Computational Methods for Analyzing and Visualizing NGS Data




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Advancements in next-generation sequencing (NGS) technology have enabled the rapid growth and availability of large quantities of DNA and RNA sequences. These sequences from both model and non-model organisms can now be acquired at a low cost. The sequencing of large amounts of genomic and proteomic data empowers scientific achievements, many of which were thought to be impossible, and novel biological applications have been developed to study their genetic contribution to human diseases and evolution. This is especially true for uncovering new insights from comparative genomics to the evolution of the disease. For example, NGS allows researchers to identify all changes between sequences in the sample set, which could be used in a clinical setting for things like early cancer detection. This dissertation describes a set of computational bioinformatic approaches that bridge the gap between the large-scale, high-throughput sequencing data that is available, and the lack of computational tools to make predictions for and assist in evolutionary studies. Specifically, I have focused on developing computational methods that enable analysis and visualization for three distinct research tasks. These tasks focus on NGS data and will range in scope from processed genomic data to raw sequencing data, to viral proteomic data. The first task focused on the visualization of two genomes and the changes required to transform from one sequence into the other, which mimics the evolutionary process that has occurred on these organisms. My contribution to this task is DCJVis. DCJVis is a visualization tool based on a linear-time algorithm that computes the distance between two genomes and visualizes the number and type of genomic operations necessary to transform one genome set into another. The second task focused on developing a software application and efficient algorithmic workflow for analyzing and comparing raw sequence reads of two samples without the need of a reference genome. Most sequence analysis pipelines start with aligning to a known reference. However, this is not an ideal approach as reference genomes are not available for all organisms and alignment inaccuracies can lead to biased results. I developed a reference-free sequence analysis computational tool, NoRef, using k-length substring (k-mer) analysis. I also proposed an efficient k-mer sorting algorithm that decreases execution time by 3-folds compared to traditional sorting methods. Finally, the NoRef workflow outputs the results in the raw sequence read format based on user-selected filters, that can be directly used for downstream analysis. The third task is focused on viral proteomic data analysis and answers the following questions:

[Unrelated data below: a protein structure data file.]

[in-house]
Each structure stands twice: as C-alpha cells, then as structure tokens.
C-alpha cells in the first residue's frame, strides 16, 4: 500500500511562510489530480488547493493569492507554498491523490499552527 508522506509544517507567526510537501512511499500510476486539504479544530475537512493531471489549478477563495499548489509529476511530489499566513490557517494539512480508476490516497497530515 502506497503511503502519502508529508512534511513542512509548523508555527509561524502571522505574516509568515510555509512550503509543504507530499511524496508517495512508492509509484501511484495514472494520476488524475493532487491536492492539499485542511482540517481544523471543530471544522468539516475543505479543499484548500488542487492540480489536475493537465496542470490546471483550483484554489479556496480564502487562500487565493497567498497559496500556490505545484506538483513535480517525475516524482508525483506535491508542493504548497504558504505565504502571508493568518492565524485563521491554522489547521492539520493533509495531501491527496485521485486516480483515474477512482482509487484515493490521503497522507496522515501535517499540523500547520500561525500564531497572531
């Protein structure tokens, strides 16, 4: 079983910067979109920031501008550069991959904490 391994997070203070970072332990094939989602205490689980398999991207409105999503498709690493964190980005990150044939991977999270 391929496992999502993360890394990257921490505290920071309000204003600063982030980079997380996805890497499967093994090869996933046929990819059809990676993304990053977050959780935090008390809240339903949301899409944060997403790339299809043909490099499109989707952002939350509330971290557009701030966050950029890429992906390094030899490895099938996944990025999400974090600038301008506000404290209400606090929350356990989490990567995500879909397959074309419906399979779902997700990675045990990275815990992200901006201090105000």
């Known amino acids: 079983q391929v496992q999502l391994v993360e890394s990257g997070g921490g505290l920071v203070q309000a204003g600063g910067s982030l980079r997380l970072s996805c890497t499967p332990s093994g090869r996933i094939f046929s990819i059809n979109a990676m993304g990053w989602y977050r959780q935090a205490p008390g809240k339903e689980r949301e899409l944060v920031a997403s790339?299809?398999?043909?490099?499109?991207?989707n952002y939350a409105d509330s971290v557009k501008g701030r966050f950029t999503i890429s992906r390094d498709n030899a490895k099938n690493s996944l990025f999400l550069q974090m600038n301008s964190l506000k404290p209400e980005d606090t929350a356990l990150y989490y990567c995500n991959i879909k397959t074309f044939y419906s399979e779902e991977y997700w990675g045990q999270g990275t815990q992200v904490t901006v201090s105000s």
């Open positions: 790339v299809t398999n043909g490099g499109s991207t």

1. How many viral genes originate as "stolen host" (human) genes?
  2. What viruses most often steal genes from a host (human) and are specific to certain locations within the host?
  3. Can we understand the function of the host (human) gene through a viral perspective? To address these questions, I took a computational approach starting with string sequence comparisons and localization prediction using machine learning models to create a comprehensive community data resource that will enable researchers to gain insights into viruses that affect human immunity and diseases.



Bioinformatics, DNA--Analysis, Application software, Viral proteins


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